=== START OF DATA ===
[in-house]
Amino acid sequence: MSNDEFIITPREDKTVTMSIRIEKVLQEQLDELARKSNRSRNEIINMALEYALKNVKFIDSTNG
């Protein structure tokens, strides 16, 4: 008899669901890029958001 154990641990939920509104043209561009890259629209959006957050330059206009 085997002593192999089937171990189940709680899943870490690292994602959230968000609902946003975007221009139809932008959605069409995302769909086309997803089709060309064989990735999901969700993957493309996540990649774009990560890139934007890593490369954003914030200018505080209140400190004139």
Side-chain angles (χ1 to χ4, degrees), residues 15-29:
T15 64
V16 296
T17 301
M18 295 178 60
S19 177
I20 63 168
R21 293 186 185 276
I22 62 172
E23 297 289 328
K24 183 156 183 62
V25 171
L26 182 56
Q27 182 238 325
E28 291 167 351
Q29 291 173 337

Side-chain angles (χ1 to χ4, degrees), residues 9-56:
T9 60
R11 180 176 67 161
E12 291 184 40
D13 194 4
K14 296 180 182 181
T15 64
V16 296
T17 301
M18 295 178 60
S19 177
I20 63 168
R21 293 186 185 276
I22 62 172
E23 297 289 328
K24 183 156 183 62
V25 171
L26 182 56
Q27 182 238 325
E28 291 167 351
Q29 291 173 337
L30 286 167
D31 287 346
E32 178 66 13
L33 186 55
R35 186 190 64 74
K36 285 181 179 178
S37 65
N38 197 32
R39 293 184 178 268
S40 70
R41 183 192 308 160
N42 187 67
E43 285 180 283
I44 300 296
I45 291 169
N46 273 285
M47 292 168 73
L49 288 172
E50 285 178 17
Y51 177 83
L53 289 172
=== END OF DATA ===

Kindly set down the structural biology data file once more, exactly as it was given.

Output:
[in-house]
Amino acid sequence: MSNDEFIITPREDKTVTMSIRIEKVLQEQLDELARKSNRSRNEIINMALEYALKNVKFIDSTNG
């Protein structure tokens, strides 16, 4: 008899669901890029958001 154990641990939920509104043209561009890259629209959006957050330059206009 085997002593192999089937171990189940709680899943870490690292994602959230968000609902946003975007221009139809932008959605069409995302769909086309997803089709060309064989990735999901969700993957493309996540990649774009990560890139934007890593490369954003914030200018505080209140400190004139």
Side-chain angles (χ1 to χ4, degrees), residues 15-29:
T15 64
V16 296
T17 301
M18 295 178 60
S19 177
I20 63 168
R21 293 186 185 276
I22 62 172
E23 297 289 328
K24 183 156 183 62
V25 171
L26 182 56
Q27 182 238 325
E28 291 167 351
Q29 291 173 337

Side-chain angles (χ1 to χ4, degrees), residues 9-56:
T9 60
R11 180 176 67 161
E12 291 184 40
D13 194 4
K14 296 180 182 181
T15 64
V16 296
T17 301
M18 295 178 60
S19 177
I20 63 168
R21 293 186 185 276
I22 62 172
E23 297 289 328
K24 183 156 183 62
V25 171
L26 182 56
Q27 182 238 325
E28 291 167 351
Q29 291 173 337
L30 286 167
D31 287 346
E32 178 66 13
L33 186 55
R35 186 190 64 74
K36 285 181 179 178
S37 65
N38 197 32
R39 293 184 178 268
S40 70
R41 183 192 308 160
N42 187 67
E43 285 180 283
I44 300 296
I45 291 169
N46 273 285
M47 292 168 73
L49 288 172
E50 285 178 17
Y51 177 83
L53 289 172